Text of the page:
P. Unnikrishna Kurup, J.
1. This revision petition is filed against an order of the District Judge of Ernakulam, whereby I. A. No. 47 of 1969 for condoning the delay in the presentation of G. M. A. No. 3 of 1969 before the District Court, was dismissed. The petitioner filed O. P. No. 7 of 1965 for permission to sue in forma pauperis in the Munsif's court of Cochin. That petition was dismissed by the order of the court dated 18-8-1967. The petitioner filed a C. R. P. in the High Court against the order, which was dismissed on the ground that no C. R. P. was maintainable as the proper remedy was to file an appeal. The petitioner then filed C. M. A. No. 3 of 1969 and along with it filed I. A. No. 47 of 1969 for condoning the delay. The ground alleged by the petitioner for the delay was that his legal adviser had, under a mistaken, impression, advised him to file the C.R.P. and that he did so bona fide and came to know that no revision petition lay only when it was dismissed by the High Court. According to the petitioner, as soon as the certified copy produced in the High Court along with the C.R.P. was got back by the petitioner, the C.M.A. and the I.A. for condoning the delay were filed in the District Court.
2. The order under challenge has proceeded on the basis that the C.R.P. had been filed deliberately to get over the period of limitation in filing the appeal and no affidavit had been filed from the counsel stating that it was because of the wrong advice given by the counsel that the C.R.P. had been filed. The lower Court has also stated that even if the allegation of mistaken advice given by thecounsel be true, that is not sufficient reason as contemplated by Section 5 of the Limitation Act and, therefore, there is no justification to condone the delay. Shri Harihara Iyer, learned counsel for the petitioner, contended that the mere fact that an affidavit had not been filed by him should not have been taken as a ground for rejecting the contention of the petitioner, that in the affidavit filed by the petitioner it has been clearly stated that the mistake arose because of the wrong advice given by the petitioner's counsel and that the said affidavit had been attested by Shri Harihara Iyer and that he himself had filed the I.A. and the C.M.A. before the lower Court. His contention was that if all these circumstances had been taken into account, it would be very clear that the counsel had to admit that it was because of the wrong advice given by him that the C.R.P. came to be filed and that there was no deliberate intention on the part of the petitioner to protract the proceedings. The learned counsel for the respondents strenuously contended that in the absence of an affidavit from the counsel, the lower Court was fully justified in refusing to accept the version of the petitioner and also that this court sitting in its revisional jurisdiction, should not interfere with the discretion exercised by the lower court in the matter of refusal to condone the delay. After having heard counsel on both sides at great length, I am satisfied that the delay in filing the Civil Miscellaneous Appeal arose Because of the wrong opinion given by the counsel and that it would therefore constitute sufficient cause for the condonation of the delay under Section 5 of the Limitation Act. Various authorities were cited on both sides on the question as to whether a wrong advice given by the counsel would constitute sufficient cause for the condonation of the delay. The preponderance of judicial authority is in favour of the view that if the delay was occasioned by the wrong advice given by the counsel, it would ordinarily constitute sufficient reason for the condonation of the delay. I do not think it necessary to refer to the various decisions as the position is well settled that in the absence of laches on the part of the petitioner, the delay caused by the mistake of the counsel should be treated as sufficient cause. Mr. Venketeswara Iyer for the respondents vehemently contended that even if the order passed by the lower court was illegal, this court would not be justified in interfering with it under Section 115, Civil Procedure Code. In my opinion, the lower court has acted with illegality in the exercise of its jurisdiction as it thought that a wrong advice given by the counsel would not constitute sufficient cause as contemplated by Section 5 of the Limitation Act. The lower court has therefore proceeded on the basis that it has no jurisdiction to condone the delay and the case therefore clearly comes within the scope of Section 115 of the Civil Procedure Code.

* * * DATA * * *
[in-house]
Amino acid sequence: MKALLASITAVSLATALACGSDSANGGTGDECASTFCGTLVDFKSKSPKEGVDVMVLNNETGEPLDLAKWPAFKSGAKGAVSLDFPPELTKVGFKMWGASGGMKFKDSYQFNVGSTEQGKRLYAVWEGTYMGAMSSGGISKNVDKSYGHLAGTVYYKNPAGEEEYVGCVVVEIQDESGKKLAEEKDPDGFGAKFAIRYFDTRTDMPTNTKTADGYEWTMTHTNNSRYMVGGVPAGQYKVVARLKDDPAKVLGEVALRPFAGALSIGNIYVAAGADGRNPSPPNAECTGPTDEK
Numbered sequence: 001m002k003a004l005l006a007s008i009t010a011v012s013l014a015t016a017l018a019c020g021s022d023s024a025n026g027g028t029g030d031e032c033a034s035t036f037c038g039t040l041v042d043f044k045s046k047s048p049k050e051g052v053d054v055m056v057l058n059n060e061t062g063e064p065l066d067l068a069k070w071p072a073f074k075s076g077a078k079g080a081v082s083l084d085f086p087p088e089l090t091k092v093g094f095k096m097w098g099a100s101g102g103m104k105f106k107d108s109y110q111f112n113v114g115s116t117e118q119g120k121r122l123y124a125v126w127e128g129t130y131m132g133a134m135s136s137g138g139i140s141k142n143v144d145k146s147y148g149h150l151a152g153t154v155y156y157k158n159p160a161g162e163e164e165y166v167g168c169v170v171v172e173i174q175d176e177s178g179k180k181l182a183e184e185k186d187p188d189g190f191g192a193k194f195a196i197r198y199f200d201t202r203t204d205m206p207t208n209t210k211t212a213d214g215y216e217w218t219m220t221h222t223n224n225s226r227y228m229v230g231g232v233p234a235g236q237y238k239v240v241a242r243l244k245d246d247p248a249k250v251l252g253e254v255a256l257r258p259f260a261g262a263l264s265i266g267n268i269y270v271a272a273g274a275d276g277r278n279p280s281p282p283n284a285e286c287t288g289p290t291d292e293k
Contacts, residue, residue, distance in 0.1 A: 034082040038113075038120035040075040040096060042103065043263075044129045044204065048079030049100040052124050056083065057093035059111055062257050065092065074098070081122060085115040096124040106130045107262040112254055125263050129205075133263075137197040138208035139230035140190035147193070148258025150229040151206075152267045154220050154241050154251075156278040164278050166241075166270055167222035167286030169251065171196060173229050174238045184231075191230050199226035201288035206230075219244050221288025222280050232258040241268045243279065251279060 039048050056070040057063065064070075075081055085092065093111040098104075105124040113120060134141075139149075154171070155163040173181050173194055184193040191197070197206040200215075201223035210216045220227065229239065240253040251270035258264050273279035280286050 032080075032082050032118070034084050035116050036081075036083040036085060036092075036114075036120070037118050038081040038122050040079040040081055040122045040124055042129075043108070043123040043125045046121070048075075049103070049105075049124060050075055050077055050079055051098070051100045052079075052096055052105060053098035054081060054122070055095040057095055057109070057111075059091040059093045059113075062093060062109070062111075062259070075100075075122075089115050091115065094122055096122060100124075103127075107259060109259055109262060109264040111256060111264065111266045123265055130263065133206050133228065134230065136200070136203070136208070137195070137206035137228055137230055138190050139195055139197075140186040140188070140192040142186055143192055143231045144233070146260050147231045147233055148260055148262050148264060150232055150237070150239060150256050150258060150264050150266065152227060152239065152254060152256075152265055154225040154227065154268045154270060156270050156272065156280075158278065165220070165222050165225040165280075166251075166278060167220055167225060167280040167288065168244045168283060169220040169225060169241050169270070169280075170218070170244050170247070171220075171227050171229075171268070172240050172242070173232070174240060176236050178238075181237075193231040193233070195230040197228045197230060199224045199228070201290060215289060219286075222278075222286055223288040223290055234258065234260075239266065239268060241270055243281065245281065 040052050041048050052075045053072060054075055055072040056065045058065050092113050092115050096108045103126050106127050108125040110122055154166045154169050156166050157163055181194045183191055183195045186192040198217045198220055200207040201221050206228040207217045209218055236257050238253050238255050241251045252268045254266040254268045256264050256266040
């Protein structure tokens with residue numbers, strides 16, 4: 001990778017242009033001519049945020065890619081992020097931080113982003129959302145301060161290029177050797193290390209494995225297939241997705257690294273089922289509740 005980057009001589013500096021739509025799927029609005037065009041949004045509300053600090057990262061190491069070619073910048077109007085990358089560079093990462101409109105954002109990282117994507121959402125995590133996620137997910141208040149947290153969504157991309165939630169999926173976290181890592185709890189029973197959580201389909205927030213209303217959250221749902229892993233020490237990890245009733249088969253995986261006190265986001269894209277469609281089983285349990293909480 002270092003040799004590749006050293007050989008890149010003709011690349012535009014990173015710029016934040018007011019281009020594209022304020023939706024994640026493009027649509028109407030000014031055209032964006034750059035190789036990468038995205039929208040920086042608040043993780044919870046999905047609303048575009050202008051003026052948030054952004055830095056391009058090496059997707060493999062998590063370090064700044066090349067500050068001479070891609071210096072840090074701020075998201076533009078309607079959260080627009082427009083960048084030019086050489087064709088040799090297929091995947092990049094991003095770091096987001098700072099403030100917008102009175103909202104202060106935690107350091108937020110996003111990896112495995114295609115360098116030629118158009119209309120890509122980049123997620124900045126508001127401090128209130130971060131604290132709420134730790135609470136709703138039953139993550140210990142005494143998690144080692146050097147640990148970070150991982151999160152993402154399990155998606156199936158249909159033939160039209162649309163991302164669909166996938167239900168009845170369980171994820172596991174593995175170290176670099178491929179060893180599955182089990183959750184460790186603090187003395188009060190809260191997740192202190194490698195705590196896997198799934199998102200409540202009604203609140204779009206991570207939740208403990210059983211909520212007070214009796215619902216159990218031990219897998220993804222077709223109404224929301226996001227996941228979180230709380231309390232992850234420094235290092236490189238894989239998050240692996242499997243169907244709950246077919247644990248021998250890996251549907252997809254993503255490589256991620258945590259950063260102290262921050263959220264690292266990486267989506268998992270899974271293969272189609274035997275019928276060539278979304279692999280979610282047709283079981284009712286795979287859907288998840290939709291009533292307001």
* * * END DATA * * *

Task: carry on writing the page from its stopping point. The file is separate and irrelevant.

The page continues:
3. This Civil Revision Petition is allowed and the order in I. A. No. 47 of1969 is reversed and the delay condoned, It would follow that C. R. P. No. 925 of1970 has also to be allowed and the order dismissing C. M. A. No. 3 of 1969 has to be set aside. It is accordingly reversed and C. M. A. No. 3 of 1969 is restored to file and the lower court is directed to dispose it according to law. In the circumstances, there will be no order regarding Costs.